Jon: Good idea

Jon: One thing to mention is that I don't have a full proposal yet for how to implement the library checker. Library checker needs to do a recursive search through a directory to find files that match a naming pattern. Options include pointing the library checker to a URL and the spider through the web site, or require people to ZIP up their library and upload to our site for verification, or we provide a tool that they can install on their computer in order to run the verifier. I am still thinking things through.

Jon: For IDE verification, it's much simpler. We just create a simple sample Ajax library that defines some APIs and some widgets. The IDE passes if it can load either the JavaScript APIs or the widgets. So, not much for an IDE to do to claim conformance. However, during the InteropFest, I want to make progress on open source so that there are auto-transcoding options for popular Ajax toolkits. It would be extra credit for the IDEs to actually load metadata from existing toolkits and I would like to get this working. I am investigating using JSDoc Toolkit, which is based on Rhino. I am pretty sure it is easy to add a custom back-end which generates OpenAjax Metadata if the JavaScript files use JSDoc annotations. But I also want to see if it is possible to insert different front-ends that can process Aptana's @ markup, Microsoft's XML, and Dojo's format. My thinking is that Ajax libraries could choose between a number of options for inline documentation where there is existing open source to allow conversion into OpenAjax Metadata, or they could create their own format and implement their own adapters.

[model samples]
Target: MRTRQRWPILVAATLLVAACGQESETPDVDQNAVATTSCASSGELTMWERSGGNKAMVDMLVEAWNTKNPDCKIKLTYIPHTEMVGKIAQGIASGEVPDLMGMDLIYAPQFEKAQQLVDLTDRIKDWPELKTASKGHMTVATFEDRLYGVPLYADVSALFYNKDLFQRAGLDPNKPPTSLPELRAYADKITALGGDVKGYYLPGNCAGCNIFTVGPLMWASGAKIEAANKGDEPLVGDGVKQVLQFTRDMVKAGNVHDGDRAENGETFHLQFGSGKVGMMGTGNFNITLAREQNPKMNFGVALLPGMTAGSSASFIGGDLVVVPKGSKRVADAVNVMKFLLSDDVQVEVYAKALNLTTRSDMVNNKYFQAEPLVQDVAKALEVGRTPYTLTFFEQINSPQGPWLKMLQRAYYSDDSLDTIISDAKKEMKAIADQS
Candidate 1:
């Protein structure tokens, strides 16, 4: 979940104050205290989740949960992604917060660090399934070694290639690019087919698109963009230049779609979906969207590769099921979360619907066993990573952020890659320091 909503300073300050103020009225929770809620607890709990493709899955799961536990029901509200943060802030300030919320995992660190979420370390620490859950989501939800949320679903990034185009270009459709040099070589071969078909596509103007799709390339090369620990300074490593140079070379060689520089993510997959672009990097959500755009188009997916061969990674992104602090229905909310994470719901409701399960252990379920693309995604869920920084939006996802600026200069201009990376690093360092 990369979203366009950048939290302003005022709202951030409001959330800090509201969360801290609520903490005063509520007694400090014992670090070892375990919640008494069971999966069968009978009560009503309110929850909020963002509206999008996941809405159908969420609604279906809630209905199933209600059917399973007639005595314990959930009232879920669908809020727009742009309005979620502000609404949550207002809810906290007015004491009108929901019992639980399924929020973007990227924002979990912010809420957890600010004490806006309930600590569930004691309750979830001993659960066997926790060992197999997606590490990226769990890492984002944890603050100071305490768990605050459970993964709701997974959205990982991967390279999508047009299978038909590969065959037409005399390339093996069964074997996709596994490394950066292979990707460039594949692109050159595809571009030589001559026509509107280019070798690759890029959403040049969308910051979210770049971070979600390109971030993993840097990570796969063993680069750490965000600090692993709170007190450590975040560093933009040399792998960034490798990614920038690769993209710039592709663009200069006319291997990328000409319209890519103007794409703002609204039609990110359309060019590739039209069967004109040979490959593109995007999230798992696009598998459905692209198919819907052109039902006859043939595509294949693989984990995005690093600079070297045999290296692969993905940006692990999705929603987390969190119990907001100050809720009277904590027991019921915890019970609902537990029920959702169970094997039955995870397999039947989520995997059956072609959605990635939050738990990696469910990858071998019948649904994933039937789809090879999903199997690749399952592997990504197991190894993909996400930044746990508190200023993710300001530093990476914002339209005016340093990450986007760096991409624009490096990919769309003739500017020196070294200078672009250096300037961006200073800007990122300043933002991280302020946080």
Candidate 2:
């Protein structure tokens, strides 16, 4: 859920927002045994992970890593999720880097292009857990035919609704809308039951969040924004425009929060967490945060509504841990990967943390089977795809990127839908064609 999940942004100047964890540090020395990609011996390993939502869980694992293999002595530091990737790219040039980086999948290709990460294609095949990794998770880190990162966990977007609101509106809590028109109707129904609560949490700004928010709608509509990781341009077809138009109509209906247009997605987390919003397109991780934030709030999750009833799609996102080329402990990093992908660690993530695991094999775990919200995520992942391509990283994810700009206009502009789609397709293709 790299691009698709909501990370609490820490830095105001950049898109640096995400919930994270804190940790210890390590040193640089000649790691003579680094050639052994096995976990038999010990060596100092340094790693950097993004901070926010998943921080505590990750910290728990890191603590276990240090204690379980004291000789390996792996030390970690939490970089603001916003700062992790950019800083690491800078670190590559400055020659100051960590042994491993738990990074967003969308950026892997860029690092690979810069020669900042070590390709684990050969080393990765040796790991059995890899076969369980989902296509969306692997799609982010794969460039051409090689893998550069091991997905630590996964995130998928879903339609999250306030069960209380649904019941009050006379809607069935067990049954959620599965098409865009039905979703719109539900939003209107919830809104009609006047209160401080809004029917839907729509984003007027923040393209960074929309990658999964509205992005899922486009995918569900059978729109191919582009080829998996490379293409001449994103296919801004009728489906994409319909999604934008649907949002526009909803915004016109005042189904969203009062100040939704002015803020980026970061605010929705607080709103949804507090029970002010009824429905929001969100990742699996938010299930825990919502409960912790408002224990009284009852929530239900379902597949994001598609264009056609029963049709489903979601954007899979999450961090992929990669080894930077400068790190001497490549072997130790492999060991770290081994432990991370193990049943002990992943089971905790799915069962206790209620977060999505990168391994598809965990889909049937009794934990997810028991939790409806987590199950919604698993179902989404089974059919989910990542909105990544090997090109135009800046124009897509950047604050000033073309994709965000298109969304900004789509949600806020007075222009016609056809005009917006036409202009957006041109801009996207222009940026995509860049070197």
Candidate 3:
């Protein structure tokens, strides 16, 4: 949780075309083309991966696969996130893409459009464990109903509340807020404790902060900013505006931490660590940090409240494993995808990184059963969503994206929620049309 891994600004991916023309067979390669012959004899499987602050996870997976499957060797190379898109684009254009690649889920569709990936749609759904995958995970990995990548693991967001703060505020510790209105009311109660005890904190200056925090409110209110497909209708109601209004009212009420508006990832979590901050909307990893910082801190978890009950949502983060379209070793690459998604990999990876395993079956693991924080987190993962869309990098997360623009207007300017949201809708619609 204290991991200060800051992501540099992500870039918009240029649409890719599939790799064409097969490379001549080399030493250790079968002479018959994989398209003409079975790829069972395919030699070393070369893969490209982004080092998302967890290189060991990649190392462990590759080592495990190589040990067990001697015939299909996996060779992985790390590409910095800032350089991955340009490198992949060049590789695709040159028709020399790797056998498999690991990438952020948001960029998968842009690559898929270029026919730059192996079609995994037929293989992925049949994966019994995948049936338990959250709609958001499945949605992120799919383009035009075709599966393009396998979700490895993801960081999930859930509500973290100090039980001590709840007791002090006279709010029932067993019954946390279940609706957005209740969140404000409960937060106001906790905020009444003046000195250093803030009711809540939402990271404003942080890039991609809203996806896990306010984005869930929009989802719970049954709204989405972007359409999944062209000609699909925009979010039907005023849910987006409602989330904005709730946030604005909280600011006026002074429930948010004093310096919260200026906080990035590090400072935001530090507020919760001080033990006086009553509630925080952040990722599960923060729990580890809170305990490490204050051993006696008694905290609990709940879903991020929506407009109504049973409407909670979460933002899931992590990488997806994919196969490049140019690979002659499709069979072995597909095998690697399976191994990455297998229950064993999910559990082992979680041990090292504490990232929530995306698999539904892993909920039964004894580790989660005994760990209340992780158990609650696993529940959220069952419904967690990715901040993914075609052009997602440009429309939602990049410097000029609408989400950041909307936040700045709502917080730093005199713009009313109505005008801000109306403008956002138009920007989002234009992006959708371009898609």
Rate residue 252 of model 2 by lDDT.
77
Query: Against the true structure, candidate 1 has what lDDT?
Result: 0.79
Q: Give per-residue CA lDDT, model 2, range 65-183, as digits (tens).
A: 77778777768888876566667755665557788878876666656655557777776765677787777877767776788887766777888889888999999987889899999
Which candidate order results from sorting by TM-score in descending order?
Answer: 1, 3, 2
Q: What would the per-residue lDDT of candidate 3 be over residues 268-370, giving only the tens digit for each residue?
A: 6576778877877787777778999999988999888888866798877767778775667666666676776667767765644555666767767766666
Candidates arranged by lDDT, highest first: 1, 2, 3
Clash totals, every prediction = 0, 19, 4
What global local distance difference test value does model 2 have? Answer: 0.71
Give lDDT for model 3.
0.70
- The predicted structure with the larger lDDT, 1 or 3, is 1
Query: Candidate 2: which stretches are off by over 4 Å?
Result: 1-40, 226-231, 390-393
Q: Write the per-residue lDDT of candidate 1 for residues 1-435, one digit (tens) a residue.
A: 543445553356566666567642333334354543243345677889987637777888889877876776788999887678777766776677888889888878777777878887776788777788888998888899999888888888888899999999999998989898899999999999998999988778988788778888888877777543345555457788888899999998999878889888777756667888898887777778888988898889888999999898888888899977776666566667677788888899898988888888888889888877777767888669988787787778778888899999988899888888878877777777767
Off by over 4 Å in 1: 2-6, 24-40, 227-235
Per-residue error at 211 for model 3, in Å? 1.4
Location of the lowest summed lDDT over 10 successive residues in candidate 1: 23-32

Bertrand: Sounds good.

Jon: Any other comments on the InteropFest?

Bertrand: About the ordering. Maybe put the IDE part at the top?

Jon: Yeah, I have been feeling uncomfortable because Ajax libraries are now listed as the last thing. Anyone object to lifting IDEs and Ajax libraries before the mashup items? I think that works OK because the repository line would be last and that's the most tenuous part of the InteropFest

Stew/Ted: No objections



Jon: First question. What if %%whatever%% but there is no "whatever" entry in any of the localization files? I propose that the string %%whatever%% appears to the user.

Ted: Yes, leave the original.

Bertrand: Our system offers more flexibility. We allow a fallback value in the original content. There is a 'locid' attribute on the element. If you don't find a localized string corresponding to the 'locid', use the content of the element as the fallback.

...long discussion about various options, most of which were complicated. Concluded that 'locid' approach wasn't needed within <content>. Use case is for descriptive elements, such as <description>...

...subsequent discussion about 'localizationKey' versus 'locid' as the name of the attribute...

RESOLUTION: Use 'locid' (like Microsoft). Applies to any element that can take text. Jon to submit detailed proposal.

Message files

Jon: I proposed the Gadgets format because it is simple and straightforward and Gadgets is used by tens of thousands of developers, although probably few of them have localized their Gadgets yet.

Bertrand: Our format is widely used.

Jon: You agree we would have to use a different namespace from the MS one?

Bertrand: Yes

Jon: Why is it necessary to wrap the text in a <value> element? Seems superfluous.

Bertrand: Not needed but that's the way it is

Jon: Would be easy to transcode to/from a simpler format to fix the namespace and add/remove the <value> element

Bertrand: Yes, sure, but wouldn't work directly with our tool. We also have nice features like localization of binary sources.

Jon: I prefer the simpler approach

RESOLUTION: Adopt the Gadgets localization file format

Jon: How about file naming rules, such as en_us.xml and ALL_ALL.xml? Anyone here an expert on the RFCs?

Stew: Google's approach looks straightforward and good, but I'm not an expert about whether it is robust.

Jon: OK, I'll ask Adam Peller, who talks at conferences about localization and did the Dojo work.

RESOLUTION: Jon to bug Adam about file naming approaches for localization